Bovine Viral Diarrhoea

CHECS - beef cattle

There are three standard CHECS programmes for BVD; Accredited Free (AF) Programme, Vaccinated Monitored Free (VMF) Programme, and Eradication Programme.

All herds enrolled on any of these schemes must declare the results of any screening carried out during the previous 12 months to either their vet or health scheme provider.

Full rules are detailed in the CHECS Technical Document.

Mandatory elements to the CHECS BVD programme for Accredited/VMF herds

  1. Are all the cattle on your holding in the accredited herd?
  2. Is there any contact with non-accredited cattle?
  3. Do you have suitable quarantine facilities?
  4. What methods do you use to prevent disease spreading through feed, water supplies and bedding?
  5. How do you prevent disease being spread by visitors or equipment?
  6. Do you document all relevant test results and disease information?
  7. Has annual testing been done (check test of each management group or calf virus test)?
  8. Is the breeding herd vaccinated against BVD?
  9. Have all added and returning animals been isolated and tested appropriately?
  10. Has there been any abortion or clinical disease where BVD was suspected?

BVD is a highly contagious cattle disease. It is suggested that over 90% of UK herds have been exposed to BVD and Defra estimates it costs the cattle sector anything from £25-61 million a year.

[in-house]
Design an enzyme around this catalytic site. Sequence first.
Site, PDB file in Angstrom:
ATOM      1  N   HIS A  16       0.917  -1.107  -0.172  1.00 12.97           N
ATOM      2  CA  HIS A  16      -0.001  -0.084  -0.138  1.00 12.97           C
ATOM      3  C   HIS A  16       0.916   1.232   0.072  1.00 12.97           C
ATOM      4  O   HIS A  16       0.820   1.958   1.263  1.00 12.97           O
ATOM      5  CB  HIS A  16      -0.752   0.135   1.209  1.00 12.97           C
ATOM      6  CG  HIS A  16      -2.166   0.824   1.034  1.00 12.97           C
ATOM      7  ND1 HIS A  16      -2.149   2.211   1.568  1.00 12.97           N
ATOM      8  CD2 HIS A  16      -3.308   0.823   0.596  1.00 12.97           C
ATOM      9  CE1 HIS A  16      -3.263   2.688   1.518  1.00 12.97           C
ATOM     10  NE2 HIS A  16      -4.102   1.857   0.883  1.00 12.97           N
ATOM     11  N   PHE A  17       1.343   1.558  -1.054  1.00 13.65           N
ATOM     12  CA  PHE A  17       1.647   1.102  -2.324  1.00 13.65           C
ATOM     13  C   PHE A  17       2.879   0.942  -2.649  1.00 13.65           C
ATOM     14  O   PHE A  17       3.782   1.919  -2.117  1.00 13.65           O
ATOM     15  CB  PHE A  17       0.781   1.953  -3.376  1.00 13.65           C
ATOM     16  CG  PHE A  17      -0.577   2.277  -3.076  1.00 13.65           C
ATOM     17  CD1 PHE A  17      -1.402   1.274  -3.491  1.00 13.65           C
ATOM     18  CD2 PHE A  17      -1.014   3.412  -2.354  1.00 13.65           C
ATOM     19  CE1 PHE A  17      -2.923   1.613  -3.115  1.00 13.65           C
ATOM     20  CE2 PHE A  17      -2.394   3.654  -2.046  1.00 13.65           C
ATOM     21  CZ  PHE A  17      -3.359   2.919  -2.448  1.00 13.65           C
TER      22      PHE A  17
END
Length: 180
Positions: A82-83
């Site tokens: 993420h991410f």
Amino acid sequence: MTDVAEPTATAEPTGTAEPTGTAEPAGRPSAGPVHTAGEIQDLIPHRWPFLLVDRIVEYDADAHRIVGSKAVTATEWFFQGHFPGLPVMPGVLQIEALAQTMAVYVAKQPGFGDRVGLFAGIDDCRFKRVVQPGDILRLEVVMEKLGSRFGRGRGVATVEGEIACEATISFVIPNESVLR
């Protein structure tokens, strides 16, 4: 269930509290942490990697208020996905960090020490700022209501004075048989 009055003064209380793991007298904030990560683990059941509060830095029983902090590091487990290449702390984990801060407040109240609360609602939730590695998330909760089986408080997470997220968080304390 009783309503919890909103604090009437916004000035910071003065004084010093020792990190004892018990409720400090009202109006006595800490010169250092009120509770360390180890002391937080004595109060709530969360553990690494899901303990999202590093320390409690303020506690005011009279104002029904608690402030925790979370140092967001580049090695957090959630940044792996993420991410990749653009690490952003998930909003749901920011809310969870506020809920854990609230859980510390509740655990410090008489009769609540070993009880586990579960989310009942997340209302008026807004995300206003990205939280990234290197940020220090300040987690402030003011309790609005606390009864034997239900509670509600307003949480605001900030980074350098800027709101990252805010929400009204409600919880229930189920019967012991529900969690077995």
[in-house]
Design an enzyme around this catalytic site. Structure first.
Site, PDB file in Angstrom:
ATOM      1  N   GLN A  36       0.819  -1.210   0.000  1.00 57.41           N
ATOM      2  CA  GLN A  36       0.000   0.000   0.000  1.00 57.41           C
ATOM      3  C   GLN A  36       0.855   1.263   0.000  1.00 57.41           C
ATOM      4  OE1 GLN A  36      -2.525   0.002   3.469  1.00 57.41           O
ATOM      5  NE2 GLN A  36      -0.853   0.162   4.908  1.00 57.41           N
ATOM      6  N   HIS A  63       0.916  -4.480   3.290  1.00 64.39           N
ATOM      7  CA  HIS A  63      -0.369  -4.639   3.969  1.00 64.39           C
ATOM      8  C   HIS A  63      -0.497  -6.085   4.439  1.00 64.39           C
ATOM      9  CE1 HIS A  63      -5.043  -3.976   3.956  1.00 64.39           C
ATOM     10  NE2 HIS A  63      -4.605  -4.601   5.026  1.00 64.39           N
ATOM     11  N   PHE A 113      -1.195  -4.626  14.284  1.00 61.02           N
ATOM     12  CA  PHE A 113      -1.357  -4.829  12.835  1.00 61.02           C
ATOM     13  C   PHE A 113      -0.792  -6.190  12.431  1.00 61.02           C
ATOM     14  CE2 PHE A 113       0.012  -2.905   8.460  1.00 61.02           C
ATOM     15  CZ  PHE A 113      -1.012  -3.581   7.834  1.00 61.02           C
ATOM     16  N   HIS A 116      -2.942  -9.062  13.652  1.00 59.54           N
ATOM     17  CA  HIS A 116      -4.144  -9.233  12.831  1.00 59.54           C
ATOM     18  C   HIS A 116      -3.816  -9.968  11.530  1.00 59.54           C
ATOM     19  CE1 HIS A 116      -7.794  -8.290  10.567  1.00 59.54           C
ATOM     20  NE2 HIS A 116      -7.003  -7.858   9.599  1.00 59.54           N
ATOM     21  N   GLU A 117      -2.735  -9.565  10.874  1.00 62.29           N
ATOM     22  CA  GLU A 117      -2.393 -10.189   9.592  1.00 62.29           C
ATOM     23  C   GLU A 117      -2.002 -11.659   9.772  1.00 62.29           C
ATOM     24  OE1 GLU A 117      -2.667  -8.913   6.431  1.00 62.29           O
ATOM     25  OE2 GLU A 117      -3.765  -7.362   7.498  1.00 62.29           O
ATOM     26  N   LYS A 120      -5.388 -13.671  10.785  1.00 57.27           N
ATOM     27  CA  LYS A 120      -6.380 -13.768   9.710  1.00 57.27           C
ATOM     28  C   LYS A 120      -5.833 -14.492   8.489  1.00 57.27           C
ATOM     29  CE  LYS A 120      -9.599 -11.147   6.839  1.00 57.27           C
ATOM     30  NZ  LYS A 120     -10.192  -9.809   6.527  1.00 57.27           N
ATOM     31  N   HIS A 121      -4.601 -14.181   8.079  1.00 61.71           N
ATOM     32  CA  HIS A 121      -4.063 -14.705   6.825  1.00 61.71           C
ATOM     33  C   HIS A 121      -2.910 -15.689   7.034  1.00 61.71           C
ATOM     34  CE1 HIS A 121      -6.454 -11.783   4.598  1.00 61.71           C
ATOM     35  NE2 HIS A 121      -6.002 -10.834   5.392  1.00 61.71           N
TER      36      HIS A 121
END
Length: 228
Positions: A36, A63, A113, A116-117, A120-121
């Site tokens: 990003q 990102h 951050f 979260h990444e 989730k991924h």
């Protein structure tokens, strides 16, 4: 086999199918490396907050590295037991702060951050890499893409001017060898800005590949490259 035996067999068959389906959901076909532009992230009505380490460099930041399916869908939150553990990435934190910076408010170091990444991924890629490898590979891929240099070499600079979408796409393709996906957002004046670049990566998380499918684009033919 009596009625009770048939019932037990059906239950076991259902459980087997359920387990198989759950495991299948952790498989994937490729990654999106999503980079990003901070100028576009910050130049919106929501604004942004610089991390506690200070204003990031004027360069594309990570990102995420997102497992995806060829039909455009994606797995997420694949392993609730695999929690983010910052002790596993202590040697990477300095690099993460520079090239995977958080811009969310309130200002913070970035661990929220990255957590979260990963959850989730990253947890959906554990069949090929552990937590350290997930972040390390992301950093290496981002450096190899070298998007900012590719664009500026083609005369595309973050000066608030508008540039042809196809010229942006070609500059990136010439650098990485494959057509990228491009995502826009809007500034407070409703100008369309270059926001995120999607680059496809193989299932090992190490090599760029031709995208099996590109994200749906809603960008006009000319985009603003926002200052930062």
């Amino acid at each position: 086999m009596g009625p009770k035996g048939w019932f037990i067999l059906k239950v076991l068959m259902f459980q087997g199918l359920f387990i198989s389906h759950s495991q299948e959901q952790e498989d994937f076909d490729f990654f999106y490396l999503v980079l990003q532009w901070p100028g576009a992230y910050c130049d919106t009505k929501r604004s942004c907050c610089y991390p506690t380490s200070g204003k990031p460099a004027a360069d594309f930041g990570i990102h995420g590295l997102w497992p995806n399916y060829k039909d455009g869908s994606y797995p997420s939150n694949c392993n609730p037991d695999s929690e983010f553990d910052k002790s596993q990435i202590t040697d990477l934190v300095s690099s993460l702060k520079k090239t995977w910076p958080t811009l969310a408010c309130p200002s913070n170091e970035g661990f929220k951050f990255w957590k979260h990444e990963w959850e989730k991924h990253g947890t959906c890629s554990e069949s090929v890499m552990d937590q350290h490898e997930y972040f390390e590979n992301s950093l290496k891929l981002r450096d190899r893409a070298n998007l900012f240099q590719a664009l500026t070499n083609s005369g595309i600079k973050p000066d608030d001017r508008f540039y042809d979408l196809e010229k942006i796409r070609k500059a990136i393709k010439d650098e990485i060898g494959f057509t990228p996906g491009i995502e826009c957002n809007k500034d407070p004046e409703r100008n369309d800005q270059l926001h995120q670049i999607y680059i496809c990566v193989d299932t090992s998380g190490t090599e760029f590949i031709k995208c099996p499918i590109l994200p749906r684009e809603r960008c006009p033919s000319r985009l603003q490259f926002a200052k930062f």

The clinical signs aren’t always obvious but can result in reproductive problems and losses, weakening of the immune system, especially in young calves, and poor productivity.

If heifers or cows become infected early during pregnancy, the unborn calf may become persistently infected (PI). Such calves are reservoirs of infection and excrete a lot of BVD virus into their environment during their lifetime. They are the biggest source of infection to other animals. BVD is maintained within a herd by only a small population of PI animals; indeed there’s often only 1-2 PI beasts in every 100 animals in infected herds.

  • Directly e.g. nose-to-nose contact with infected animals
  • From infected dams to their unborn calves
  • By buying PI animals, especially cows pregnant with PI calves
  • Indirectly through contaminated kit, through farm visitors, through slurry, through biting insects, through co-grazing
  •  Through semen from infected bulls

A large number of BVD infections occur after birth when animals become transiently infected (TI) before developing life-long immunity. TI cattle may show few clinical signs but infection could suppress their immune system making them more vulnerable to other common infections like scour or pneumonia.

BVD in early pregnancy causes embryonic death and irregular returns to oestrus, foetal death/abortion, mummification of the foetus, birth defects of the nervous system and eyes, weak/premature calves, as well as live PI calves. It’s not always easy to spot a PI animal; they may present with rough coats and stunted growth but will often appear completely normal. Within 6-18 months, however, the majority of PI calves will go on to develop a fatal condition called ‘mucosal disease’, characterised by severe diarrhoea.

A number of European countries have put in place national programmes for systematic control of BVD and some, like Norway, Sweden, Finland and Denmark, are virtually free of the disease.

Being in the 90% of herds exposed to BVD does not necessarily mean you have an active problem. The first step is to test milk samples from heifers and blood samples from beef and dairy calves to establish whether you have a current or historic problem.

To avoid low conception rates and embryonic loss/abortion and to prevent PI calves being born it’s necessary to stop cows being infected with BVD. Vaccination can help but strict biosecurity measures are essential as are tighter stock purchasing strategies. Removing all PI animals and infected bulls will reduce the level of virus circulating on farm.